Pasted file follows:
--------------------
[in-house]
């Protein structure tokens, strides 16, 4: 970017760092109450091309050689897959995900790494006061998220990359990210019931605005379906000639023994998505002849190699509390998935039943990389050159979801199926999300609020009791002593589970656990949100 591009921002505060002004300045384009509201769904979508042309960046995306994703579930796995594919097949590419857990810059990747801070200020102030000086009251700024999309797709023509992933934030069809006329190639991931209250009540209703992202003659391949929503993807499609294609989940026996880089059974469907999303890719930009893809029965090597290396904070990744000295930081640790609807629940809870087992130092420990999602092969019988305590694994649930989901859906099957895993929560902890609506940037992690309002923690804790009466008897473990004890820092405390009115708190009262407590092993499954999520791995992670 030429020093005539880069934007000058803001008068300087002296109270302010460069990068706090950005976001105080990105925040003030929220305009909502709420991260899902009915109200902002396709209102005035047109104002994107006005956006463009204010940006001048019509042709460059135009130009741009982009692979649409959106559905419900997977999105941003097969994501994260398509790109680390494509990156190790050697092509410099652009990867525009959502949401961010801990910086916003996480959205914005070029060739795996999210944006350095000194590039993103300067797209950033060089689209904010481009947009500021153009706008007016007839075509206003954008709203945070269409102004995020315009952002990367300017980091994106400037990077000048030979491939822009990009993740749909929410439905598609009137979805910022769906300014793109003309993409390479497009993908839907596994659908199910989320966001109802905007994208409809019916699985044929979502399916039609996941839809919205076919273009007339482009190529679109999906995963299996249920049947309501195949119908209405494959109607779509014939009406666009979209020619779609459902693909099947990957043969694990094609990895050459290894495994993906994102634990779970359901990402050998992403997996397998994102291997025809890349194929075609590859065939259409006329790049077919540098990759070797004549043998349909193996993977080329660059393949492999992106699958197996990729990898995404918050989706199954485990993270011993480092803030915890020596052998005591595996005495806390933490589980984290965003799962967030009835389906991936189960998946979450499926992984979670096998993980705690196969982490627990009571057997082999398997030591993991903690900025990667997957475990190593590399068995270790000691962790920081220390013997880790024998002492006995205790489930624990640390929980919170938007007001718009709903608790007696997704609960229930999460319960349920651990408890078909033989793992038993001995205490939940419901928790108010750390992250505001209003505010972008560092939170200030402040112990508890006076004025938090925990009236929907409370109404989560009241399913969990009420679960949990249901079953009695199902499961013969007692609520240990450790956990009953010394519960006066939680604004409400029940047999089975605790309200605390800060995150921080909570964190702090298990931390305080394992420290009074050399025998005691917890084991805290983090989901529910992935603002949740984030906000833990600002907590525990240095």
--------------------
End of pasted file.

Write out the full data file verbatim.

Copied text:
[in-house]
């Protein structure tokens, strides 16, 4: 970017760092109450091309050689897959995900790494006061998220990359990210019931605005379906000639023994998505002849190699509390998935039943990389050159979801199926999300609020009791002593589970656990949100 591009921002505060002004300045384009509201769904979508042309960046995306994703579930796995594919097949590419857990810059990747801070200020102030000086009251700024999309797709023509992933934030069809006329190639991931209250009540209703992202003659391949929503993807499609294609989940026996880089059974469907999303890719930009893809029965090597290396904070990744000295930081640790609807629940809870087992130092420990999602092969019988305590694994649930989901859906099957895993929560902890609506940037992690309002923690804790009466008897473990004890820092405390009115708190009262407590092993499954999520791995992670 030429020093005539880069934007000058803001008068300087002296109270302010460069990068706090950005976001105080990105925040003030929220305009909502709420991260899902009915109200902002396709209102005035047109104002994107006005956006463009204010940006001048019509042709460059135009130009741009982009692979649409959106559905419900997977999105941003097969994501994260398509790109680390494509990156190790050697092509410099652009990867525009959502949401961010801990910086916003996480959205914005070029060739795996999210944006350095000194590039993103300067797209950033060089689209904010481009947009500021153009706008007016007839075509206003954008709203945070269409102004995020315009952002990367300017980091994106400037990077000048030979491939822009990009993740749909929410439905598609009137979805910022769906300014793109003309993409390479497009993908839907596994659908199910989320966001109802905007994208409809019916699985044929979502399916039609996941839809919205076919273009007339482009190529679109999906995963299996249920049947309501195949119908209405494959109607779509014939009406666009979209020619779609459902693909099947990957043969694990094609990895050459290894495994993906994102634990779970359901990402050998992403997996397998994102291997025809890349194929075609590859065939259409006329790049077919540098990759070797004549043998349909193996993977080329660059393949492999992106699958197996990729990898995404918050989706199954485990993270011993480092803030915890020596052998005591595996005495806390933490589980984290965003799962967030009835389906991936189960998946979450499926992984979670096998993980705690196969982490627990009571057997082999398997030591993991903690900025990667997957475990190593590399068995270790000691962790920081220390013997880790024998002492006995205790489930624990640390929980919170938007007001718009709903608790007696997704609960229930999460319960349920651990408890078909033989793992038993001995205490939940419901928790108010750390992250505001209003505010972008560092939170200030402040112990508890006076004025938090925990009236929907409370109404989560009241399913969990009420679960949990249901079953009695199902499961013969007692609520240990450790956990009953010394519960006066939680604004409400029940047999089975605790309200605390800060995150921080909570964190702090298990931390305080394992420290009074050399025998005691917890084991805290983090989901529910992935603002949740984030906000833990600002907590525990240095």